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A Conversation with Dr Christian Jessen - Drug Policy

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Drug policy reform has received many endorsees, from Kofi Annan and Richard Branson, to a fleet of Nobel Prize winners and an array of prominent figures. Despite this, little media attention has been given to the damaging nature of current policy. There is, perhaps, someone who could hold court and break the hyperbolic vacuum: Dr Christian Jessen.

In his recent column for the Evening Standard, Dr Jessen wrote a compelling piece that detailed the harms of present drugs policy and conveyed the success of nations who have taken a health based approach over punitive.

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Photography (c) 2009
Sue Rider Management

When I enquired to how well the Evening Standard article was received, Dr Jessen replied,

"The response was positive. There were lots of private notes saying well done. The responses ranged from: 'This is outrageous! You're a healthcare professional, you should know better' - to - 'Well done, at least someone is talking commonsense'."

This sentiment is indicative of how the drugs debate is fielded. The view is divided and often skewed by the media's interpretation. I was curious to learn about a respected health professional's view of the media's handling of drug policy, Dr Jessen replied,

"It's very polarised, but not equally. You get the obvious, 'all drugs are bad, everything will kill you' type reaction. If one poor person dies on a night out, and it's seen that they've taken something illegal, then that was the cause of their death. If you read further, you soon discover that these poor kids haven't even gone to autopsy. That's just shoddy reporting and scaremongering."

Previously having written a piece about Mephedrone, and with an obvious interest in science, Dr Christian Jessen is quite vocal on the issue.

"Very often you get these news reports; the headline will be: 'Mephedrone causes two more deaths' - there's no evidence that that's the case at all. The irony is that we prescribe, probably, far more dangerous drugs on a daily basis than people take recreationally, but the reasons they [prohibited substances] are dangerous is owing to what our laws have done to them."

There has been a growing and keen interest in holding scientific journalism to account. Dr Ben Goldacre of Bad Science famously takes to task any pseudoscience that litters the inked pages. I was curious if Dr Jessen held a similar view.

"With the phone hacking scandal, it's possibly not a bad time to try and tighten up science and health reporting; presenting the facts, and not a skewed version. I suppose people like myself have a responsibility; when I see bad reporting, I try and correct them with facts. We all have opinions, and my articles of course are going to reflect that."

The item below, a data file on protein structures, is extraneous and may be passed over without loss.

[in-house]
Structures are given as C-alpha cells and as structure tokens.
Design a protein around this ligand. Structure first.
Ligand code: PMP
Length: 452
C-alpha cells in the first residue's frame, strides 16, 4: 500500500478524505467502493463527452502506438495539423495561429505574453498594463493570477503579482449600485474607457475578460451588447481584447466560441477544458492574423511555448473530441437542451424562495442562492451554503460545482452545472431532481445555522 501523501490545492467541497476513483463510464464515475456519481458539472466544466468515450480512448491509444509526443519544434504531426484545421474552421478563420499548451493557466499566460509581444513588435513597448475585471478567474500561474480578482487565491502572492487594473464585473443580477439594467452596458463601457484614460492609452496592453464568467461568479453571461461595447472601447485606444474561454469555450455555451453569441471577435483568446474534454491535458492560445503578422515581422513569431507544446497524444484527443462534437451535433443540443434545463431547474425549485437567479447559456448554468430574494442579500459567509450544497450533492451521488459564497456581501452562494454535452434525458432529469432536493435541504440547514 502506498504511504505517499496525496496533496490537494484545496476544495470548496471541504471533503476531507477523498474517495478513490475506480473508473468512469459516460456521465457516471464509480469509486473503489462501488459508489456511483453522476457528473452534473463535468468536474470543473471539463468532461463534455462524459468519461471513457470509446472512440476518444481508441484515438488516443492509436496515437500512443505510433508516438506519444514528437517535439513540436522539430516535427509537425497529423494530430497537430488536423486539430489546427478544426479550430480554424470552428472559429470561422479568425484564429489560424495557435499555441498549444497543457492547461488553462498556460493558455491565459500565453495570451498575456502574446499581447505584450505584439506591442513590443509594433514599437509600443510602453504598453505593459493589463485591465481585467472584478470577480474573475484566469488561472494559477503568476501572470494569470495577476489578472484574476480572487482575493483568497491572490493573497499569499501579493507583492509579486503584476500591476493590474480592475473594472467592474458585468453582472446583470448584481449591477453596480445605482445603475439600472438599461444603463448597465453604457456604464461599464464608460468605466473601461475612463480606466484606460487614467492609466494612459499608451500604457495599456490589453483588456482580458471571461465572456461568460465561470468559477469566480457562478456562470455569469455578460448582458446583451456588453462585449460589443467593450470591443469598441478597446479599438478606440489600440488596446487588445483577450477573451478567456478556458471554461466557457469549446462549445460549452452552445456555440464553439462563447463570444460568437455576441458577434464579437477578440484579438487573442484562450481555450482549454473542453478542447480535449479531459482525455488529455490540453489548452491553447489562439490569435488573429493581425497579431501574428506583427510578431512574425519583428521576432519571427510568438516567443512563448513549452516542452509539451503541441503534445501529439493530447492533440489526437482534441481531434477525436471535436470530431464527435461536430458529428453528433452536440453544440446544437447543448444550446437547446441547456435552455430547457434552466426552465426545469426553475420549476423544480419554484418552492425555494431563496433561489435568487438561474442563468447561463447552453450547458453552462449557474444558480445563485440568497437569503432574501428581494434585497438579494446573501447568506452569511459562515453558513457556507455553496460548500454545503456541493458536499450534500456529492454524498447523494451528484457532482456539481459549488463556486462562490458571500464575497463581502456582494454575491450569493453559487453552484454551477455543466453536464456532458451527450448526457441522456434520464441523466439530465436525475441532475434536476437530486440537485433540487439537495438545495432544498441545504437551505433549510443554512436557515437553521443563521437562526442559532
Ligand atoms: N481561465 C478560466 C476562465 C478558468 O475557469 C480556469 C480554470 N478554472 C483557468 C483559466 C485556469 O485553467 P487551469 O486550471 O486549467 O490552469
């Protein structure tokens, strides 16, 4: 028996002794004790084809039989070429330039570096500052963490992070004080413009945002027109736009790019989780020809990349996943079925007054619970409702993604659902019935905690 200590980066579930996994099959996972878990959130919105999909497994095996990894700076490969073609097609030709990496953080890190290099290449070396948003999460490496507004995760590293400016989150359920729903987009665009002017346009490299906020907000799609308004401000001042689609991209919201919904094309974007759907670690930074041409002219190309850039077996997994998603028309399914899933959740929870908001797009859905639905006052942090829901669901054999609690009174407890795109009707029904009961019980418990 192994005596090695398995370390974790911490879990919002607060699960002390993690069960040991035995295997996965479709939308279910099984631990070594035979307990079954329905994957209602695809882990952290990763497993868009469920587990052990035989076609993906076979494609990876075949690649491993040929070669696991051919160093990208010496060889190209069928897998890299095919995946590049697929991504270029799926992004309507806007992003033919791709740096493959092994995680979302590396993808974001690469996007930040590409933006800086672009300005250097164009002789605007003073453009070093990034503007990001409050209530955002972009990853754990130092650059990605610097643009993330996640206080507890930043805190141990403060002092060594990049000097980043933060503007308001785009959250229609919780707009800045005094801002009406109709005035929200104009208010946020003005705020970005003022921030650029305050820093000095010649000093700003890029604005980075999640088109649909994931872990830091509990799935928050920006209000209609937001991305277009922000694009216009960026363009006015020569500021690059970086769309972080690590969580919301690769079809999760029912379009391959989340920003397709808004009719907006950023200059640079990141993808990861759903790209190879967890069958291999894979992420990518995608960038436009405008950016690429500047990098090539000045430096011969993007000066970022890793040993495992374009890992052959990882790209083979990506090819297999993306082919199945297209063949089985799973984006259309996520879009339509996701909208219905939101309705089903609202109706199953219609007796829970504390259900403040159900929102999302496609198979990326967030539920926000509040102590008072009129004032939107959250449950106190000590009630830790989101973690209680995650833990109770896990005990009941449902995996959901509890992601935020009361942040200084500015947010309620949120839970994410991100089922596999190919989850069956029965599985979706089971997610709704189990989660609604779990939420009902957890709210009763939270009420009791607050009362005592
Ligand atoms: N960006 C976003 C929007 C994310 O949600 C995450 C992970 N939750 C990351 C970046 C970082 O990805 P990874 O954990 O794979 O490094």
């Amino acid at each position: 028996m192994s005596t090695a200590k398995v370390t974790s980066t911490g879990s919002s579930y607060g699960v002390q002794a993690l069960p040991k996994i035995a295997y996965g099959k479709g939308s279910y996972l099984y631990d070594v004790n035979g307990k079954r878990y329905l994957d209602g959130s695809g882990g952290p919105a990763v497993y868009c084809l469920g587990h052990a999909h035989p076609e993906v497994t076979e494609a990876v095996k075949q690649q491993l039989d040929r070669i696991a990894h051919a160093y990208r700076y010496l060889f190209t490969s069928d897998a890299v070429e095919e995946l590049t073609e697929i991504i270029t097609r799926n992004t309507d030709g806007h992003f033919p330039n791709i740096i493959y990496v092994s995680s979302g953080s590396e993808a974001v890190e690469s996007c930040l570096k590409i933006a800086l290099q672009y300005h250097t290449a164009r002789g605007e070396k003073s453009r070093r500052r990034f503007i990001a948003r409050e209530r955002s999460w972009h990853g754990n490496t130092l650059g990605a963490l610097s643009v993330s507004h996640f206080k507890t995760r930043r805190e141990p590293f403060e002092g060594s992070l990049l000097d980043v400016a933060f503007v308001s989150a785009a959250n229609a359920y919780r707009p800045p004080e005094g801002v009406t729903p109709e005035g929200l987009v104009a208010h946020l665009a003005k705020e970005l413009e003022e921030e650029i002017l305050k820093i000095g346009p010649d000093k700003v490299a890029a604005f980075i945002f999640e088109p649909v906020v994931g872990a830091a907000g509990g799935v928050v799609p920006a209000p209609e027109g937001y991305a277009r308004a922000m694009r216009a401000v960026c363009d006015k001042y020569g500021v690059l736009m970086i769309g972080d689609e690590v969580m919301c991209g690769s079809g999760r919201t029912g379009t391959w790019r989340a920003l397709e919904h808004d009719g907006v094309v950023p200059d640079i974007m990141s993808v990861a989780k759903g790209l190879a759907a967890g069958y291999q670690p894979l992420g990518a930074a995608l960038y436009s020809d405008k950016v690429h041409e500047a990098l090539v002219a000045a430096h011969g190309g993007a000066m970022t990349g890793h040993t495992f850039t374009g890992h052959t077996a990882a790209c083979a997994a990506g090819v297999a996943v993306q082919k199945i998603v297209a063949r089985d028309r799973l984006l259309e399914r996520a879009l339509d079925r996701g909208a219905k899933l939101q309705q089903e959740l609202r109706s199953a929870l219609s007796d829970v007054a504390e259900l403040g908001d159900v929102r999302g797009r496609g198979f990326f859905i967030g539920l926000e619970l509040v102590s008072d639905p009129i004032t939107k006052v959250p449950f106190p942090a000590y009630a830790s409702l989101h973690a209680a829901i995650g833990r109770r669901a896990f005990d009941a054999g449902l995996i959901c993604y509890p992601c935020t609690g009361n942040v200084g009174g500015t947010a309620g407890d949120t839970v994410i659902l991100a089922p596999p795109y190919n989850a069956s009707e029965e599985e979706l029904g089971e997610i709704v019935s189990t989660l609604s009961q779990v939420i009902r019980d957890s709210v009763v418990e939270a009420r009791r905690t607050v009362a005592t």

The rise of public figure support plays a vital part in drug policy reform. It's incredibly noble for the Chairman of the BAR Council to support reform, or indeed, for a Professor of Criminal Justice and the outgoing president of the Royal College of Physicians, but the general public doesn't seem to relate to such titles of eminence. A well liked public figure and medical professional such as Dr Jessen could explain the reformation of drug laws where other efforts have fallen short.

"It's such a tricky subject, no one is going to say: 'Take drugs, drugs are safe'. - It's all about how changing the law will make a difference, and that doesn't make for the most exciting headline.

It's naive to suggest people won't take drugs. Just because it's deemed illegal, people won't take them, that's a very silly view. My take is let's look at how we can make this as safe as possible."

From the appeals for a Royal Commission on Drugs, to the All Party Group, calls for a policy based on science and evidence have been stifled. An emphatic reply was given to me when I asked Dr Jessen if he endorsed the need for an evidence based policy,

"It's key, it's key. This is the one big area that clearly not evidence based. This is the one area where they can base policy on kneejerk reactions rather than actuality."

And are our drug laws creating an apathy for other substances and stifling the dialogue of all drug related harms?

"It's easy to say that all kids are taking Ketamine, and it's those naughty drug peddlers that are killing our kids; well actually, it's not really. More damage is done by alcohol than anything else. So yes, I do concur with that."